AG Healey Statement on U.S. Supreme Court's Decision to Support Health Insurance Assistance Under the Affordable Care Act
AG Previously Joined Multistate Effort in Defense of Nationwide Access to Tax Credits When Purchasing Health Insurance under the National Health Care Law
BOSTON – Attorney General Maura Healey today issued this statement in response to the U.S. Supreme Court’s decision in the case of King v. Burwell, which will provide millions of Americans access to premium-assistance tax credits under the Patient Protection and Affordable Care Act (ACA) when purchasing health insurance through the federal government.
“Today’s decision is great news for health care in this country. This ruling upholds a critical piece of the Affordable Care Act that helps insure millions of low-income and middle class families. We know first-hand in Massachusetts the many benefits of increasing access to quality, affordable health care. I hope we can now put the divisive litigation tactics behind us and move forward as a country to implement this law that ensures health care access for so many families who need it.”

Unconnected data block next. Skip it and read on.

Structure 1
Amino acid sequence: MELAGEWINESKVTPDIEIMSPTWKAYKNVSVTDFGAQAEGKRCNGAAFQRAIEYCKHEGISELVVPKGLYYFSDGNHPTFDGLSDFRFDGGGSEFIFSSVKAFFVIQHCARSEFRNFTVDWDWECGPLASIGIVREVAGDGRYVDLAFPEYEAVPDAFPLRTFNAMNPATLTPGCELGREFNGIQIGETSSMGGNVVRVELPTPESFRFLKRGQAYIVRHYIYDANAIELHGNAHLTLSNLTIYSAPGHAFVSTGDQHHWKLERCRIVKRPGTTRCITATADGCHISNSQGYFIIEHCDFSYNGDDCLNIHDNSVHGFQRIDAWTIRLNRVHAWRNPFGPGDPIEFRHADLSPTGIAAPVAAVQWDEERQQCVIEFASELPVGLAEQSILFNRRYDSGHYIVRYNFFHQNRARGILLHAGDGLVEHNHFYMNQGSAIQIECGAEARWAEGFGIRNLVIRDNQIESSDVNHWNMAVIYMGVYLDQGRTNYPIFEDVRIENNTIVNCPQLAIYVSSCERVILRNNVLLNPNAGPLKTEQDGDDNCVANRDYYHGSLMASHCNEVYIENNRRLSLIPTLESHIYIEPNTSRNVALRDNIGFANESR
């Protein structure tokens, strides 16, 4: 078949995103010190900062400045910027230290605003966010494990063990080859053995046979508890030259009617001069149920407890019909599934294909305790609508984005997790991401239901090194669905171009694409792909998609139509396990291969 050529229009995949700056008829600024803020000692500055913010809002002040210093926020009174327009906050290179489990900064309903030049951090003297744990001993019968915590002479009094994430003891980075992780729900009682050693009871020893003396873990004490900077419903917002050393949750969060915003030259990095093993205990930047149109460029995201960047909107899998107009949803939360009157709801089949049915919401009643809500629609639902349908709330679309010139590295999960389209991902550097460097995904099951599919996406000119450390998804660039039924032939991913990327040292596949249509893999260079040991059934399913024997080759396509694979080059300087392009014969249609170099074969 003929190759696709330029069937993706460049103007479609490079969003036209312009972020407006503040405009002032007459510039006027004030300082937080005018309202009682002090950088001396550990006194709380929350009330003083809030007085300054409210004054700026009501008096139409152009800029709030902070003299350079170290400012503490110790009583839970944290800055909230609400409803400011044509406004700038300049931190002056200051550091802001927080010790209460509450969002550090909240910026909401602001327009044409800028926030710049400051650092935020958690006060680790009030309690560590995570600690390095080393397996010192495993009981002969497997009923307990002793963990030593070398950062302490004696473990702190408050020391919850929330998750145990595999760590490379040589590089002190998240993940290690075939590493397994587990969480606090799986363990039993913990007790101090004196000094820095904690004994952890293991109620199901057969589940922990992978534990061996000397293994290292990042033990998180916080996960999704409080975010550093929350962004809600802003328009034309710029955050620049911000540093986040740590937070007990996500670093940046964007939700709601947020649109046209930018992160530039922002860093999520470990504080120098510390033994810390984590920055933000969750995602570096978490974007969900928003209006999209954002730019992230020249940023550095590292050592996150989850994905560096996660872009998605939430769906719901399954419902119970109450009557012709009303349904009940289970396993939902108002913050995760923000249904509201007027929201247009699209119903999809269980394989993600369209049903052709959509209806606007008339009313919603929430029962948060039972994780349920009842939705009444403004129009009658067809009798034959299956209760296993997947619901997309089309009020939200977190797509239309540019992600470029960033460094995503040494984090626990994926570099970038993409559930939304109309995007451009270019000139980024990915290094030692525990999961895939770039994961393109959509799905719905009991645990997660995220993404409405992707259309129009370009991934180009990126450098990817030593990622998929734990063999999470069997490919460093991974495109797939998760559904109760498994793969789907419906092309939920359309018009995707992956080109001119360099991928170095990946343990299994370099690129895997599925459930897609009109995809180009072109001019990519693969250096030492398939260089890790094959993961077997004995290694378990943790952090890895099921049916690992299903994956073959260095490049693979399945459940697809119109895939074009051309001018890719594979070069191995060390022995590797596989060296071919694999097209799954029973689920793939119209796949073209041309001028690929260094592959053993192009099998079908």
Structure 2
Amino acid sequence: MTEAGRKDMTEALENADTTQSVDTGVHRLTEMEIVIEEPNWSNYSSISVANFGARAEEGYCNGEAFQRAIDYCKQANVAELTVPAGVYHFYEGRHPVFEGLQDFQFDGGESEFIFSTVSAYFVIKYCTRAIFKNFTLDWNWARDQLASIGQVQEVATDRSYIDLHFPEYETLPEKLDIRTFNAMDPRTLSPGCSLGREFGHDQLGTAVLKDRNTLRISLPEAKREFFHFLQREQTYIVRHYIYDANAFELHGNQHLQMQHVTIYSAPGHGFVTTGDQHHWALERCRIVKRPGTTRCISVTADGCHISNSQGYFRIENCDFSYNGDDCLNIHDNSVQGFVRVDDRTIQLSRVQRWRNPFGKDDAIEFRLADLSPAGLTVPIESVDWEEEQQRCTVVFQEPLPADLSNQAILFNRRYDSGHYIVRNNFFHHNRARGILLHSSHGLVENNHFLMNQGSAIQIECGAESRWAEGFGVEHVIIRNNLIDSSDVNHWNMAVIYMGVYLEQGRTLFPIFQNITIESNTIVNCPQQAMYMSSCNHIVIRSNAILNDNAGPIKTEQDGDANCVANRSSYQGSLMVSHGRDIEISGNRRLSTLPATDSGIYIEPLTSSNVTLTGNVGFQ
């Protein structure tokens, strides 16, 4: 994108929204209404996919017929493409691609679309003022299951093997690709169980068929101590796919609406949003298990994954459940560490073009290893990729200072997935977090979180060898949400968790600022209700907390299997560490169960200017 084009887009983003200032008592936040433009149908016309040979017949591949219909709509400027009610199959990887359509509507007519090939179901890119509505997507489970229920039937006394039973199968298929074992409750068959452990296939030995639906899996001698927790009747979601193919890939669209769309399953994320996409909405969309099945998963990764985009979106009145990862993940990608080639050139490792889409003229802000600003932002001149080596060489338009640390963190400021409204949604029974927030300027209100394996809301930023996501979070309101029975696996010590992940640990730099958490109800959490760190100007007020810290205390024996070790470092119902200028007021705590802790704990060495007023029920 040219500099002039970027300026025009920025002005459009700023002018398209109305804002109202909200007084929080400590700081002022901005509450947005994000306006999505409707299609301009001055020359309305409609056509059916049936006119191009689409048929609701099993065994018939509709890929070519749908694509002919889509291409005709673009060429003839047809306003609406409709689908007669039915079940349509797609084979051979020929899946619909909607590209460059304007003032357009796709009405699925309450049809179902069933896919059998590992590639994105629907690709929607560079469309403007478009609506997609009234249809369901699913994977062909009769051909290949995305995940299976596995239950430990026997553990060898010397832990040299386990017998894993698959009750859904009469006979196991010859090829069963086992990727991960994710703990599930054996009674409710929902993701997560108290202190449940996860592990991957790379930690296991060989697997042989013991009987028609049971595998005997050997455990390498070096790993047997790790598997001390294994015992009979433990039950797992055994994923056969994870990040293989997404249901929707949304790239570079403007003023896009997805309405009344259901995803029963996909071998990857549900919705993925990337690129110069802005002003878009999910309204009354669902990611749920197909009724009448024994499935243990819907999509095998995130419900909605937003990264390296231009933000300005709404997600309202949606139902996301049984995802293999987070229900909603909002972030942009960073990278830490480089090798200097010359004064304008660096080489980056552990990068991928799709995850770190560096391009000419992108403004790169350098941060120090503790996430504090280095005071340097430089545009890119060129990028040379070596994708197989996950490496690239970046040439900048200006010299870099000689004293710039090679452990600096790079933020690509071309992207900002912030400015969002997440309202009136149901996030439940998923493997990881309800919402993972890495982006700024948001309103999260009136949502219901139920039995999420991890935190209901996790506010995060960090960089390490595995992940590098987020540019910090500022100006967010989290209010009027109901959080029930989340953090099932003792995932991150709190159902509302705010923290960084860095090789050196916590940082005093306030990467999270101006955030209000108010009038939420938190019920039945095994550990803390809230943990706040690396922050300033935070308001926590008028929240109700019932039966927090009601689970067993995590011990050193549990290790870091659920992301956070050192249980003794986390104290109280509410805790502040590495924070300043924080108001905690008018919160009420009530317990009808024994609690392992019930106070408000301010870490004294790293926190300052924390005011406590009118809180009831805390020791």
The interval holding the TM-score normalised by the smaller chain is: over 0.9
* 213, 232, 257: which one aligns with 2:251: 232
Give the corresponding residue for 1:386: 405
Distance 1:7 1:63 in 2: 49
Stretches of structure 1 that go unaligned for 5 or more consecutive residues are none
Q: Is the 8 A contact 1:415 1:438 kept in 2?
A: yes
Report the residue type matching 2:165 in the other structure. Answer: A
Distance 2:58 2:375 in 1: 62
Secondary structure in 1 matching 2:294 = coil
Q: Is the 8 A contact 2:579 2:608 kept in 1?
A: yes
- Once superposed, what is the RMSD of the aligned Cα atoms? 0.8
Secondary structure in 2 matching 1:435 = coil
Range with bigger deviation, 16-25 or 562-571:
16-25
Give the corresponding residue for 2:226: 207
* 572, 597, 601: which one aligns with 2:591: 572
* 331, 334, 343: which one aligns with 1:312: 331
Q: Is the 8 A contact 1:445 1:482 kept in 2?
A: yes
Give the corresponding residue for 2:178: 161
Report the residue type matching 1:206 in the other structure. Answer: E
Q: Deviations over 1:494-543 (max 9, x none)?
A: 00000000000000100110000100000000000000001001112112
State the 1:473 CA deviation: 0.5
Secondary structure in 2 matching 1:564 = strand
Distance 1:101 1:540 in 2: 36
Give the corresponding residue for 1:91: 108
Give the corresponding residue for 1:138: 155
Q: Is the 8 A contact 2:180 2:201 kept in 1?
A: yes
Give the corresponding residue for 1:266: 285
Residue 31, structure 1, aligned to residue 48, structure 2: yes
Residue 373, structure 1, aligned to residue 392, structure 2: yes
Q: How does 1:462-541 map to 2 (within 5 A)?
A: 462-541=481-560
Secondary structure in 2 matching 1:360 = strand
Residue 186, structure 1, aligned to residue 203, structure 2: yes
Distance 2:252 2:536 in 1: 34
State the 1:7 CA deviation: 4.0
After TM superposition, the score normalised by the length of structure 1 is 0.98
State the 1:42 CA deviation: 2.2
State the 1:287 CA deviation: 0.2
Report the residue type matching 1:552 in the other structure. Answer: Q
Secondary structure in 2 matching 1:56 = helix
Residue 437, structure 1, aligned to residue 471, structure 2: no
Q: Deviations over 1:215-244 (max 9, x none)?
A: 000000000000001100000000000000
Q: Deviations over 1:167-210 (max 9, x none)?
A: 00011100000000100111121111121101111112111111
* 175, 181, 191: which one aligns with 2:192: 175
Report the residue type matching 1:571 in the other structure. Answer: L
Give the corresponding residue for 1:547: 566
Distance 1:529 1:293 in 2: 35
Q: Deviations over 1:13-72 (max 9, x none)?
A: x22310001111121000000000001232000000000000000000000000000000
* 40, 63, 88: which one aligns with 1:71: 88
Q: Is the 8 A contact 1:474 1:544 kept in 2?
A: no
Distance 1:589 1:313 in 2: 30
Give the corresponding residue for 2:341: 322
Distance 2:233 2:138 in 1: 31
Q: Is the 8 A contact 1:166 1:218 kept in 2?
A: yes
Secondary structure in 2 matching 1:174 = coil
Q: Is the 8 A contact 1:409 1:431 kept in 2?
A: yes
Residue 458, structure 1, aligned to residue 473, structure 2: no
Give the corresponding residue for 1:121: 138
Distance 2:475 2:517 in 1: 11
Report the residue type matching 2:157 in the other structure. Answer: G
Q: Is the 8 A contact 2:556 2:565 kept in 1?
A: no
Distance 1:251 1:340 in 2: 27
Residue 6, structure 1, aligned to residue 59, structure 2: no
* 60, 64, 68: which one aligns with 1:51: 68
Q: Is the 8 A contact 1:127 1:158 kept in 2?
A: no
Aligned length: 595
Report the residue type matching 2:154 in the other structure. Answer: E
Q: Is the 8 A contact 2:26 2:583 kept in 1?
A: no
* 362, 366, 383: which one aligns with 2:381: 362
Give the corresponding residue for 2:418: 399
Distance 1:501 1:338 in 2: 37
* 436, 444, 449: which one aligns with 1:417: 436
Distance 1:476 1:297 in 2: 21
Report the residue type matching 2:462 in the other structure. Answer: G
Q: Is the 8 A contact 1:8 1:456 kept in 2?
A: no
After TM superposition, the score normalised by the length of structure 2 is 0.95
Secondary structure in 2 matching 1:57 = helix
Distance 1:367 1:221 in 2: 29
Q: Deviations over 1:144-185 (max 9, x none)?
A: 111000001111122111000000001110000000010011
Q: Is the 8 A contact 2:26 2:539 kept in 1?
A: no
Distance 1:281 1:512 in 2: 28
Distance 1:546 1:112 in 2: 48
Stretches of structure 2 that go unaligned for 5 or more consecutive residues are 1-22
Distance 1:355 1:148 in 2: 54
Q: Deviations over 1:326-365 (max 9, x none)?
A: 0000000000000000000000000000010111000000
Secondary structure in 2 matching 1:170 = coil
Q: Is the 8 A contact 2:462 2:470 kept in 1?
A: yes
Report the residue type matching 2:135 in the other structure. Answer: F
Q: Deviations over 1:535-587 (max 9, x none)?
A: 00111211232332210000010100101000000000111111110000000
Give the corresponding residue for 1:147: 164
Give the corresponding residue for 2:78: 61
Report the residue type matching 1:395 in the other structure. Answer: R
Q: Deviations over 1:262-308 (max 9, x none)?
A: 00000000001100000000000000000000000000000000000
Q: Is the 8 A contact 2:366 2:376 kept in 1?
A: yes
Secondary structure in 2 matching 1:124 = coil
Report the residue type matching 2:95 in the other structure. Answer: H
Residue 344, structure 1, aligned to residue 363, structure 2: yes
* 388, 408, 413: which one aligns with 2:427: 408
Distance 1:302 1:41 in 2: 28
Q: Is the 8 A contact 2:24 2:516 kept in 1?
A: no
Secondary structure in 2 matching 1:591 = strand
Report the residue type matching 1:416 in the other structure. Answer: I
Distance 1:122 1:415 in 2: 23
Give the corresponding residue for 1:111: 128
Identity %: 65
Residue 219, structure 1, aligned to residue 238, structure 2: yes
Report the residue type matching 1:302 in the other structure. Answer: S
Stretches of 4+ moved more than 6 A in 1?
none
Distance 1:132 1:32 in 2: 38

In January, AG Healey joined a coalition of states in filing an amicus brief in the U.S. Supreme Court, led by Virginia Attorney General Mark Herring, along with 20 states and the District of Columbia, in the case of King v. Burwell. The states argued that the denial of tax credits would disrupt insurance markets throughout the United States.
Unlike Massachusetts, which has established its own state-run enrollment website where individuals can buy subsidized health plans, 34 states do not have their own health insurance exchanges, instead relying on the federal government to set up “federally-facilitated exchanges” (FFEs) on their behalf. Because Massachusetts created its own exchange, the subsidies for Massachusetts consumers are not directly affected by today’s decision.
In July 2014, a three-judge panel of the U.S. Court of Appeals for the Fourth Circuit ruled unanimously in King v. Burwell that customers of a federally-facilitated exchange were eligible for financial assistance.